A Look Inside a Tiny Home that's BIG on Reuse
Jessie Litven relaxes on the bench seat in the living room of her house and points to the stairway. The stairs have magnificent, dark hardwood treads. These stairs, and most of the houses we see around us, were made from reused and salvaged wood.
This is a beautiful place to live, with a hardwood floor, spruce walls, and a high, vaulted ceiling. It feels spacious, without having to be big. At 20 feet long and a little over 7 feet wide, this tiny house compares with a mid-sized travel trailer.
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And like a travel trailer, this home is on wheels. It’s built on a dual-axle utility trailer frame so that it can be easily moved. It’s parked in a backyard garden in Halifax, Nova Scotia, Canada.
Great use of space
The house has a kitchen, open concept dining/living room, office, bathroom, and sleeping loft. It’s easy to get to every part of the space, and it feels comfortable, functional, and inspiring.
A unique feature is an office, unlike any we’ve seen in a tiny house until now. It’s built a few feet off the floor, above a storage cupboard in the middle of the stairway! It has a seating space that faces a shelf for your laptop, and there is a window to see outside. If you are heading up the stairs, you step right over the office. Jessie wanted to define a space for doing office work rather than having that activity occupy the living room or bedroom.
"“It was satisfying to start with a design and work to see it through to reality. Every inch and detail has been thought through and worked out, and adjusted. It’s come out pretty close to what I had in mind.” Jessie Litven."
Jessie took care to source used, surplus, or salvaged materials from a variety of sources. The stair treads are made from an old bookcase, and the post supporting the corner of the loft is a Douglas fir piece from a centuries-old building.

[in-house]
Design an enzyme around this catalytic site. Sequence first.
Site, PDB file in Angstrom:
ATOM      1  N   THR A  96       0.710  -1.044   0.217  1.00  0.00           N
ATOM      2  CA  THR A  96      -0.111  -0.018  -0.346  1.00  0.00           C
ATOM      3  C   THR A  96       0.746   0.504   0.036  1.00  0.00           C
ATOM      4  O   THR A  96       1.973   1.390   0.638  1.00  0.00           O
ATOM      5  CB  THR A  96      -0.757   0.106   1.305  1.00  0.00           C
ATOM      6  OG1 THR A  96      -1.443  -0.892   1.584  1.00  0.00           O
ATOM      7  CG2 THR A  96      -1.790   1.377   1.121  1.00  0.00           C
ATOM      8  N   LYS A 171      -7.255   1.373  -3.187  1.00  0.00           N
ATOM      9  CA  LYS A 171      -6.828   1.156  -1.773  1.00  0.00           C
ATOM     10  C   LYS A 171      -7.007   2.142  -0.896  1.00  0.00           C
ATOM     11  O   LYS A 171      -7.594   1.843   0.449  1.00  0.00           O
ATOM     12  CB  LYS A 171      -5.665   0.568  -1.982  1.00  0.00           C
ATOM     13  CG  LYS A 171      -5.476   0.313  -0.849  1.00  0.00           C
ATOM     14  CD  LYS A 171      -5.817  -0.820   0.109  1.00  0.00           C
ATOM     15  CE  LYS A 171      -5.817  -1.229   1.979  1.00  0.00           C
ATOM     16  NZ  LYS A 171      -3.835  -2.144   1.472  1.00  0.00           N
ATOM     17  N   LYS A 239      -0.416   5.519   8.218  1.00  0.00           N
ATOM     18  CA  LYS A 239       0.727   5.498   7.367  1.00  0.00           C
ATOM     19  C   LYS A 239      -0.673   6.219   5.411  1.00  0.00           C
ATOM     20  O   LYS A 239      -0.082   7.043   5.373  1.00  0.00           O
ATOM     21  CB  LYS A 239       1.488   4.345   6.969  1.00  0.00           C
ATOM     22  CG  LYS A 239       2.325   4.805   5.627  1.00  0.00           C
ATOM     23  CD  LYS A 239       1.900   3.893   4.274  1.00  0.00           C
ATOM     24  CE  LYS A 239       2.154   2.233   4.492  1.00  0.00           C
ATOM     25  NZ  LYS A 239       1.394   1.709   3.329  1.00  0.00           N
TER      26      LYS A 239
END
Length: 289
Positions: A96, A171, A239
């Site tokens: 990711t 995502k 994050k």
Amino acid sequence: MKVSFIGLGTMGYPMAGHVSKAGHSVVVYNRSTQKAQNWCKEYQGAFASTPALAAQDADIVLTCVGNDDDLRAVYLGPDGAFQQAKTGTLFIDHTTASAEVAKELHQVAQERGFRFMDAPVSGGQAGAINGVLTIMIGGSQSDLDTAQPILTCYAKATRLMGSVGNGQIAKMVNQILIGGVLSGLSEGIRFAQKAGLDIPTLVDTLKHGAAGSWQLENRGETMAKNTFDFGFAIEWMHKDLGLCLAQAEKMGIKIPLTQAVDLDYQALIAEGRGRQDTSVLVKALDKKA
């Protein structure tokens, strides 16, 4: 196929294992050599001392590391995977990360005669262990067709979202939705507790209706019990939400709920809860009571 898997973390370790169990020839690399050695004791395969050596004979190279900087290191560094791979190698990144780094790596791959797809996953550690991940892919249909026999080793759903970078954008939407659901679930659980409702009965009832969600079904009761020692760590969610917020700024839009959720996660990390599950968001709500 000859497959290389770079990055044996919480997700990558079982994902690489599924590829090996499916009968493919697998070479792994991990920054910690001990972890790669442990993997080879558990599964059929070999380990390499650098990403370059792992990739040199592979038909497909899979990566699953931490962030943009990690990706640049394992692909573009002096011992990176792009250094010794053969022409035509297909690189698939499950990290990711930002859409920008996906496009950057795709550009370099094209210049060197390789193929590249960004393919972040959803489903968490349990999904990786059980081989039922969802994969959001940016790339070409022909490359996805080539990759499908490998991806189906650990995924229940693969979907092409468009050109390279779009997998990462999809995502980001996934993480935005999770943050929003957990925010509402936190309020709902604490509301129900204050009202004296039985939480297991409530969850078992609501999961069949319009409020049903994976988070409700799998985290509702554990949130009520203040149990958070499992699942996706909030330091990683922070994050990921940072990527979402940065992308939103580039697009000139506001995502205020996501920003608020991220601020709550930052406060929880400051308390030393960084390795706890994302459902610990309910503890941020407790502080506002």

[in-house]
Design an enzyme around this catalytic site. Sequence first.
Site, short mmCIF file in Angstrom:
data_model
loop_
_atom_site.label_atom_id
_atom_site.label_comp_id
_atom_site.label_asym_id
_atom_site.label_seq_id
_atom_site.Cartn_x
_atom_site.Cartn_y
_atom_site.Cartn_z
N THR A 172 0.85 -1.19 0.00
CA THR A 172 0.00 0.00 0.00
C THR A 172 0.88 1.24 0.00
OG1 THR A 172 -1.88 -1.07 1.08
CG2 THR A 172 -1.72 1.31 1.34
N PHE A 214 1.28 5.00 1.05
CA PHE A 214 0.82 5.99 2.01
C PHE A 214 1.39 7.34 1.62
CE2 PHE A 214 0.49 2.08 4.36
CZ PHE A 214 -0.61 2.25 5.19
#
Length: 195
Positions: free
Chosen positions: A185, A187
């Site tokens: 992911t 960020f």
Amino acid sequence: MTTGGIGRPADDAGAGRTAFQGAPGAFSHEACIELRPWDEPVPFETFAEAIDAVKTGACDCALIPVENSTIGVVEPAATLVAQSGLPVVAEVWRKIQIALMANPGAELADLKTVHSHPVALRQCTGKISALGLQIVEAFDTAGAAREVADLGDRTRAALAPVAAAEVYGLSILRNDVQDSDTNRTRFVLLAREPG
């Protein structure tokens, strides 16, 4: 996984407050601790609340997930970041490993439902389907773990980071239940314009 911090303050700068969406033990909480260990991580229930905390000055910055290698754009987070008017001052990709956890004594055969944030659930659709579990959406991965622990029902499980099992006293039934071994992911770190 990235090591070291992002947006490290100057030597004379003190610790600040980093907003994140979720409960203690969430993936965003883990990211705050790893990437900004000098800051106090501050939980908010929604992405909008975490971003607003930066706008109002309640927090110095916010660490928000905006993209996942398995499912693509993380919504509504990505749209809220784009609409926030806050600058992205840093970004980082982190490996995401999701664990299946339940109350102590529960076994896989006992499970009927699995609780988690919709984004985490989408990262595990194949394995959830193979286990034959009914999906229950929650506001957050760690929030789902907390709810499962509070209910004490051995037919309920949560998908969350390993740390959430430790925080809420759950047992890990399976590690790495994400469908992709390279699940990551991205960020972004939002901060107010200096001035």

The hardwood floor is jatoba, a Brazilian cherry hardwood. While this is not a local tree, she got the flooring as a surplus left over from another project, saving both resources and money. The countertop is a beautiful piece of salvaged live-edge wood. Much of the other lumber, the cupboard doors, and cabinet framing were also salvaged.
The house is insulated with sheep’s wool throughout the walls, floor, and ceiling. Sheep’s wool is an excellent insulator, and it’s a renewable and reusable material. The vapor barrier is standard polyethylene, and the outer air barrier is WrapShield IT.
Heat for the winter is provided by a tiny wood stove. Cooking and hot water are on propane. The water heater is a great little on-demand (tankless) propane-fired unit by PrecisionTemp, designed for tiny homes and RVs. It hardly takes any space, and it vents combustion exhaust downward through the floor, so the vent doesn’t stick out the side of the house.
The house has a 12-Volt battery for a power supply and is wired for direct current (DC) and alternating current (AC). The DC is used for lighting and the exhaust fan, while the AC outlets power the fridge, small hand-held appliances, and laptop charging.
For now, the whole house is plugged into a single grid-connected electrical outlet on the property to supply electricity. The fact that the entire house can be efficiently run from one extension cord says a lot about how little electricity it uses. It also means the future solar panels in Jessie’s plans will be able to more than meet her electrical needs.
- Main Floor: 150 square feet
- Sleeping loft: 50 square feet
- Cost: $25,000
Why we love it
- Reused and salvaged materials.
- Inspiring interior with high ceilings, daylight, and wood all around.
- Comfortable floor plan with good use of space.
- Insulated with sheep’s wool.
- Ready for off-grid solar electricity.
- The office space is amazing!
Photos by Wayne Groszko and Jesse LitvenDisclaimer: This article does not constitute a product endorsement however Rise does reserve the right to recommend relevant products based on the articles content to provide a more comprehensive experience for the reader.Last Modified: 2023-11-03T12:23:15+0000
Wayne Groszko is a consultant, researcher, and teacher in Energy Sustainability with 13 years of experience. He has taught at Dalhousie University and the Nova Scotia Community College, in the Faculties of Engineering, Environmental Science, and Energy Sustainability Engineering Technology. Wayne is also President of the Community Energy Cooperative of New Brunswick, and has worked as Renewable Energy Coordinator with the Ecology Action Centre in Nova Scotia. He holds a B.Sc. (Hon.) from the University of Calgary, and a Ph.D. from Dalhousie University.